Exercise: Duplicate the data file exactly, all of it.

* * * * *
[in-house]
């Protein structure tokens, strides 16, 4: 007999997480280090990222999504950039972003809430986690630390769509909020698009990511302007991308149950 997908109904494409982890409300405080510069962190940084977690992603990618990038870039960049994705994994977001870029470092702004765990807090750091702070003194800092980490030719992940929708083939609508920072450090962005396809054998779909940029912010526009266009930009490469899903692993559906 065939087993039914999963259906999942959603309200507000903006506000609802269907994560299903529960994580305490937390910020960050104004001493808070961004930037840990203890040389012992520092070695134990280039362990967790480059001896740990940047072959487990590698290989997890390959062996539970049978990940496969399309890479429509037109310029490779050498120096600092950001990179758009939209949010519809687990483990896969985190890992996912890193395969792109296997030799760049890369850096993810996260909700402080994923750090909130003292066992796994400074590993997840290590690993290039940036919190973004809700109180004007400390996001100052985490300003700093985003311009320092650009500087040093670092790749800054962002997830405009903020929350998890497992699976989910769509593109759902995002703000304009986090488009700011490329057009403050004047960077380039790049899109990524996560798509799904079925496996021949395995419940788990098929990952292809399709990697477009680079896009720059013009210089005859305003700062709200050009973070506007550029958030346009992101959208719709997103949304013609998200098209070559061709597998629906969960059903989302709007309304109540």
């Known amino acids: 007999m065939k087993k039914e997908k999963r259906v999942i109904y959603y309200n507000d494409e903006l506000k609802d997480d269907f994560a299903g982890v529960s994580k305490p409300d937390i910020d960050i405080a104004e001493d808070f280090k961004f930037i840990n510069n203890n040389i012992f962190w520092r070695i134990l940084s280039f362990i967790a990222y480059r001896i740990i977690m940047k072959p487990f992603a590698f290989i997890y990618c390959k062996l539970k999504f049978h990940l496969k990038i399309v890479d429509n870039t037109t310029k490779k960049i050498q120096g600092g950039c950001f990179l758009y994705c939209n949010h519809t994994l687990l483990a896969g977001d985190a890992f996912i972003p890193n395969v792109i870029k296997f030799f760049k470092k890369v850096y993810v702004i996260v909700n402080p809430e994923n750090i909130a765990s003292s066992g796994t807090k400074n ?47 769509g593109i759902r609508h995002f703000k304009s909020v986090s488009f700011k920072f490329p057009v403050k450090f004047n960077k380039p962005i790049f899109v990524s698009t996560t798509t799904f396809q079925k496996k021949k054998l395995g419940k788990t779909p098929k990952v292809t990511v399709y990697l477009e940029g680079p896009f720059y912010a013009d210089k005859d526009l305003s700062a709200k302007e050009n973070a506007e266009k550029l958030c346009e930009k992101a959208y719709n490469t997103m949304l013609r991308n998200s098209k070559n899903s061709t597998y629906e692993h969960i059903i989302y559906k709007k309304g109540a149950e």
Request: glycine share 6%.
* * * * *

[in-house]
């Protein structure tokens, strides 16, 4: 007999997480280090990222999504950039972003809430986690630390769509909020698009990511302007991308149950 997908109904494409982890409300405080510069962190940084977690992603990618990038870039960049994705994994977001870029470092702004765990807090750091702070003194800092980490030719992940929708083939609508920072450090962005396809054998779909940029912010526009266009930009490469899903692993559906 065939087993039914999963259906999942959603309200507000903006506000609802269907994560299903529960994580305490937390910020960050104004001493808070961004930037840990203890040389012992520092070695134990280039362990967790480059001896740990940047072959487990590698290989997890390959062996539970049978990940496969399309890479429509037109310029490779050498120096600092950001990179758009939209949010519809687990483990896969985190890992996912890193395969792109296997030799760049890369850096993810996260909700402080994923750090909130003292066992796994400074590993997840290590690993290039940036919190973004809700109180004007400390996001100052985490300003700093985003311009320092650009500087040093670092790749800054962002997830405009903020929350998890497992699976989910769509593109759902995002703000304009986090488009700011490329057009403050004047960077380039790049899109990524996560798509799904079925496996021949395995419940788990098929990952292809399709990697477009680079896009720059013009210089005859305003700062709200050009973070506007550029958030346009992101959208719709997103949304013609998200098209070559061709597998629906969960059903989302709007309304109540």
């Known amino acids: 007999m065939k087993k039914e997908k999963r259906v999942i109904y959603y309200n507000d494409e903006l506000k609802d997480d269907f994560a299903g982890v529960s994580k305490p409300d937390i910020d960050i405080a104004e001493d808070f280090k961004f930037i840990n510069n203890n040389i012992f962190w520092r070695i134990l940084s280039f362990i967790a990222y480059r001896i740990i977690m940047k072959p487990f992603a590698f290989i997890y990618c390959k062996l539970k999504f049978h990940l496969k990038i399309v890479d429509n870039t037109t310029k490779k960049i050498q120096g600092g950039c950001f990179l758009y994705c939209n949010h519809t994994l687990l483990a896969g977001d985190a890992f996912i972003p890193n395969v792109i870029k296997f030799f760049k470092k890369v850096y993810v702004i996260v909700n402080p809430e994923n750090i909130a765990s003292s066992g796994t807090k400074n ?47 769509g593109i759902r609508h995002f703000k304009s909020v986090s488009f700011k920072f490329p057009v403050k450090f004047n960077k380039p962005i790049f899109v990524s698009t996560t798509t799904f396809q079925k496996k021949k054998l395995g419940k788990t779909p098929k990952v292809t990511v399709y990697l477009e940029g680079p896009f720059y912010a013009d210089k005859d526009l305003s700062a709200k302007e050009n973070a506007e266009k550029l958030c346009e930009k992101a959208y719709n490469t997103m949304l013609r991308n998200s098209k070559n899903s061709t597998y629906e692993h969960i059903i989302y559906k709007k309304g109540a149950e």
Request: glycine share 6%.